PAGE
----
Vote for war if you want to, says Corbyn
Labour leader Jeremy Corbyn has decided to allow his MPs to vote freely on military action in Syria. Is this highly unusual decision refreshingly democratic or dangerously undisciplined?
‘We didn’t spend a lot of time bothering. There were some people for whom it was not worth the effort, and he was one of them.’
As Labour’s chief whip from 2006 to 2007, Jacqui Smith negotiated with parliamentarians and told them how to vote. But in the case of the MP for Islington North, Jeremy Corbyn, she judged her task impossible.
While Labour was in government, from 1997 to 2010, Corbyn defied the whips’ instructions 428 times. He once told an interviewer he only rebelled on three issues: war and peace, socio-economic policy and matters of liberty.
Labour’s leader now faces the dissent of colleagues who disagree with him and yesterday, he took an unprecedented decision. He granted a free vote on the government’s proposal to launch air strikes against Islamic State in Syria. Dozens of MPs and even several members of the shadow cabinet — Corbyn’s top team — are now likely to vote against him on a matter of national security tomorrow.
His decision came amid bitter divisions within his party. Corbyn said last week: ‘I do not believe the Prime Minister today made a convincing case that extending UK bombing to Syria would strengthen our national security’. Labour says around 75% of its members agree with him.
But at a shadow cabinet meeting last week, just three of the 31 people present openly took his side. Hilary Benn, Corbyn’s Shadow Foreign Secretary, has called the case for action ‘compelling’. Reports at the weekend suggested Corbyn might face mass resignations and that over 100 of his 230 MPs could vote against him.
Whips have been a feature of parliamentary life since at least the 18th century. Those who defy them have often faced difficulties in gaining ministerial office or being reselected for their seats. But in recent years their power has seemed to wane. The 2010-15 parliament was the most rebellious since the Second World War. Corbyn has already faced another significant rebellion, when 21 MPs abstained from a vote on fiscal policy.
Whipping up a storm
Some would be glad to see the back of the whip system. It is anti-democratic and juvenile. It treats MPs as naughty children who cannot make up their own minds and silences dissenting voices. The public votes for representatives, not robots to follow instructions. Corbyn’s decision is brave, and should set a precedent.
That is a recipe for chaos, respond others. Lawmakers cannot run the country on an ad hoc basis. Most people vote for parties, rather than MPs, and the leadership of those parties has a duty to present the public with a coherent set of policies. Voters have a right to know whether Labour would take Britain to war or not. This shabby compromise denies them that knowledge.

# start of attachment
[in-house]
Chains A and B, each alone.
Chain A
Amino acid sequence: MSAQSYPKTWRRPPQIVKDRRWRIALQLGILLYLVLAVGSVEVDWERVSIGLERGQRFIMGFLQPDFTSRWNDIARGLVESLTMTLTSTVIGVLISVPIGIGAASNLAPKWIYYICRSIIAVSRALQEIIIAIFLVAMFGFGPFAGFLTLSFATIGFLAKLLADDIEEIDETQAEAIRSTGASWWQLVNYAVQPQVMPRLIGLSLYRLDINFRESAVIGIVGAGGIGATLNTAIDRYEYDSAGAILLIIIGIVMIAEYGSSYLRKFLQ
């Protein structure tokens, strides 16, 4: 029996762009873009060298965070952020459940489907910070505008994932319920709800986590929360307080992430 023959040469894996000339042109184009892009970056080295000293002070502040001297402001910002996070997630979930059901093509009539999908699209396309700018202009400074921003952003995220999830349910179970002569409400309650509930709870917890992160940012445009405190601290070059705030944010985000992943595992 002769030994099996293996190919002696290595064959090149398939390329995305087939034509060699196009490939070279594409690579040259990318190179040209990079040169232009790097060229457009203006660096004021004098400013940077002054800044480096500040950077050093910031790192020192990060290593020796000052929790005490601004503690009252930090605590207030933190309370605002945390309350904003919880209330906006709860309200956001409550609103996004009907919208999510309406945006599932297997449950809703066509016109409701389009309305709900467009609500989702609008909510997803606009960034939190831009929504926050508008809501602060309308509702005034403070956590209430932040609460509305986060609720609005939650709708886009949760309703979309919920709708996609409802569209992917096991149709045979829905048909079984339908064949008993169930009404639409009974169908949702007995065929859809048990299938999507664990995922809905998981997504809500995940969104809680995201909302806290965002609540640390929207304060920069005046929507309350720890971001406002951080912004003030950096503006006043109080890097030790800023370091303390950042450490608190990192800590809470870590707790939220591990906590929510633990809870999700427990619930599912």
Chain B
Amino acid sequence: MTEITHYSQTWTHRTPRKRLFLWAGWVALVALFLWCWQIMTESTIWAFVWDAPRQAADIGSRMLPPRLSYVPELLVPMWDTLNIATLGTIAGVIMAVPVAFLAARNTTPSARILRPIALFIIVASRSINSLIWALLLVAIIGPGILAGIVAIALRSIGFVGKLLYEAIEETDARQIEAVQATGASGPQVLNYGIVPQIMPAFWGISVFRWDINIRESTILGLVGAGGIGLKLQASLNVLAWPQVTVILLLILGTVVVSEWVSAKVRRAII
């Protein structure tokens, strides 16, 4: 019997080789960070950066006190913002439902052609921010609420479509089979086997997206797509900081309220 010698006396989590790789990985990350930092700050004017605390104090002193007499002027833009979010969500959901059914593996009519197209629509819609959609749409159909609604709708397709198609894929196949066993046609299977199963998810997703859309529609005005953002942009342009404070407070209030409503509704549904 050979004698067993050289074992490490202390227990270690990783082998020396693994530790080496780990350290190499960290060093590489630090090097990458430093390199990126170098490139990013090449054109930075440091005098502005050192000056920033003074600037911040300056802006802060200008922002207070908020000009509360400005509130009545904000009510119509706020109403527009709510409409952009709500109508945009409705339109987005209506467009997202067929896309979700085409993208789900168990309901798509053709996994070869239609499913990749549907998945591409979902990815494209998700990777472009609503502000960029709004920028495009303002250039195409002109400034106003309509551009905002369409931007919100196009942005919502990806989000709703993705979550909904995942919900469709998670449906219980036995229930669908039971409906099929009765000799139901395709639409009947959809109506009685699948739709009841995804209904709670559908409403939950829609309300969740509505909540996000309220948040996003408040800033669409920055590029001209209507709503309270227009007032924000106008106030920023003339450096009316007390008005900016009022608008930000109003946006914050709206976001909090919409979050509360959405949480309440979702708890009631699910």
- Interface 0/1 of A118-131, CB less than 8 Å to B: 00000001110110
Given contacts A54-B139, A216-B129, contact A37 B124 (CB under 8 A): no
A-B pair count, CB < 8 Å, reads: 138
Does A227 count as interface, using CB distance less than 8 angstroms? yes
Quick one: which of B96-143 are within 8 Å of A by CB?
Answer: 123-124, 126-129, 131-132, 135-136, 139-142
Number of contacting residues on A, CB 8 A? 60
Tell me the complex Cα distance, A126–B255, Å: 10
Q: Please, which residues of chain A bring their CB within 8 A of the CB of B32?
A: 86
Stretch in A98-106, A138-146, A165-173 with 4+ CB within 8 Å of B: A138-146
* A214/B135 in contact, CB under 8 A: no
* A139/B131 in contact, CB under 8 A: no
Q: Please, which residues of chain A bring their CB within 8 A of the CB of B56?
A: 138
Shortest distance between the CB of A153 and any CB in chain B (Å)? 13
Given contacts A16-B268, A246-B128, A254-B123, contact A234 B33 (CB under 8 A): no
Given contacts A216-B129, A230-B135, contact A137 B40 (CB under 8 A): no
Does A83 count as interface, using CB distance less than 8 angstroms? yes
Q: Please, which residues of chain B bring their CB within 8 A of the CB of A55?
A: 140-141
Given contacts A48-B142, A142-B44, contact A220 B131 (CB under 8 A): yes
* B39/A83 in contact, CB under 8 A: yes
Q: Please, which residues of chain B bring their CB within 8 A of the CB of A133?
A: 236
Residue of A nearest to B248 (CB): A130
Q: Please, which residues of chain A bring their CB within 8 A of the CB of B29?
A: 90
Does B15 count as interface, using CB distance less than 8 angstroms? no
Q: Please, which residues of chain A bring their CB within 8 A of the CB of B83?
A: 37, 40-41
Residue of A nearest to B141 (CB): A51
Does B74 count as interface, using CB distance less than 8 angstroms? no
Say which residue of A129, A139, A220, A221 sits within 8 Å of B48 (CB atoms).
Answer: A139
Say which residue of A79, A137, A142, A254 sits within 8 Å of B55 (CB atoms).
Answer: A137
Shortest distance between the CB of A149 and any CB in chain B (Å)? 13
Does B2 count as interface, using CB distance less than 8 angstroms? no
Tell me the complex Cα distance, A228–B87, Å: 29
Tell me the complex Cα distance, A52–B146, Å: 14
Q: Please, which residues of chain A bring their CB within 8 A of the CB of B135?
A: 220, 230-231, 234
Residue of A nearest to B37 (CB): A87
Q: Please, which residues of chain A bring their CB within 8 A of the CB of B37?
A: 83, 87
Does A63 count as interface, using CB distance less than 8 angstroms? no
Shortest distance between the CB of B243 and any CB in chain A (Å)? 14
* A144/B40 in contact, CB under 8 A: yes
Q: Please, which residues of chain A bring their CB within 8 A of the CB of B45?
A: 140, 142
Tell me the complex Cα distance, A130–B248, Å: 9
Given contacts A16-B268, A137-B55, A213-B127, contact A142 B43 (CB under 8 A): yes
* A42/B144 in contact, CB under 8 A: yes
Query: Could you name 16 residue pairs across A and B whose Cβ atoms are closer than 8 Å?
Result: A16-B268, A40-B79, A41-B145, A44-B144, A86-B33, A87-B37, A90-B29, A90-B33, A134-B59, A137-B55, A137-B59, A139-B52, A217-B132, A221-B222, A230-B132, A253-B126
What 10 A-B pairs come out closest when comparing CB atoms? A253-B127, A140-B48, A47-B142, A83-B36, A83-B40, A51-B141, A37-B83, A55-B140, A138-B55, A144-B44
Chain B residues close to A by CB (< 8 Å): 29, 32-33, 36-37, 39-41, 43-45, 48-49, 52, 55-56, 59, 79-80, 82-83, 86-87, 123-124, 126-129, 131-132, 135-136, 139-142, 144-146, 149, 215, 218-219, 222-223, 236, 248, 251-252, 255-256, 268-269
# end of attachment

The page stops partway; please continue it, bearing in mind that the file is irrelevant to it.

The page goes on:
- Would you prefer to vote for someone who thought for themselves or followed their party’s line?
- Was Corbyn right to allow his MPs a free vote?
- Draw a cartoon symbolising the decision which Corbyn has made.
- Write a letter from a party whip who is trying to convince their MPs to vote as the leader requires on Syria. What would you ask them to do, and how would you persuade them?
Some People Say...
“We should get rid of political parties altogether.”
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Q & A
- Isn’t this just a boring fuss about process?
- The division within the Labour Party has led to a lot of focus on the way decisions have been made, taking some attention away from the decisions themselves. But they are related. If Corbyn had insisted on a ‘three-line whip’ — in other words, told MPs how they must vote — it would have been much more likely that David Cameron’s plan to take military action in Syria would have been defeated. Now, it seems a lot more likely that the bombing will take place.
- Should this change how I vote when I’m 18?
- It may have an impact: you may only want to vote for an MP who makes their own mind up, so you can then judge them by their own decisions. But if you prefer voting based on a party’s policies as a whole, you may find Corbyn’s approach too chaotic.
- Unprecedented decision
- Free votes are fairly common, but have usually been confined to ‘matters of conscience’ — for example, the parties allowed a free vote on the gay marriage bill in 2013.
- Corbyn said
- Corbyn made his position clear in a letter to Labour MPs last Thursday. He also wrote: ‘In my view, the prime minister has been unable to explain the contribution of additional UK bombing to a comprehensive negotiated political settlement of the Syrian civil war, or its likely impact on the threat of terrorist attacks in the UK.’
- 18th century
- Parliamentary records suggest that the first use of the term ‘whipper-in’ was in 1772. But there are examples of it being used earlier, including by the famous conservative thinker Edmund Burke in 1769 and by the aristocratic Finch family in 1742.
- 2010-15 parliament
- Academics at the University of Nottingham found that government backbenchers defied the whip in 35% of divisions in this parliament. This easily beat the previous post-war record of 28%. The most prolific rebel was Tory MP Philip Hollobone, who voted against the government 237 times.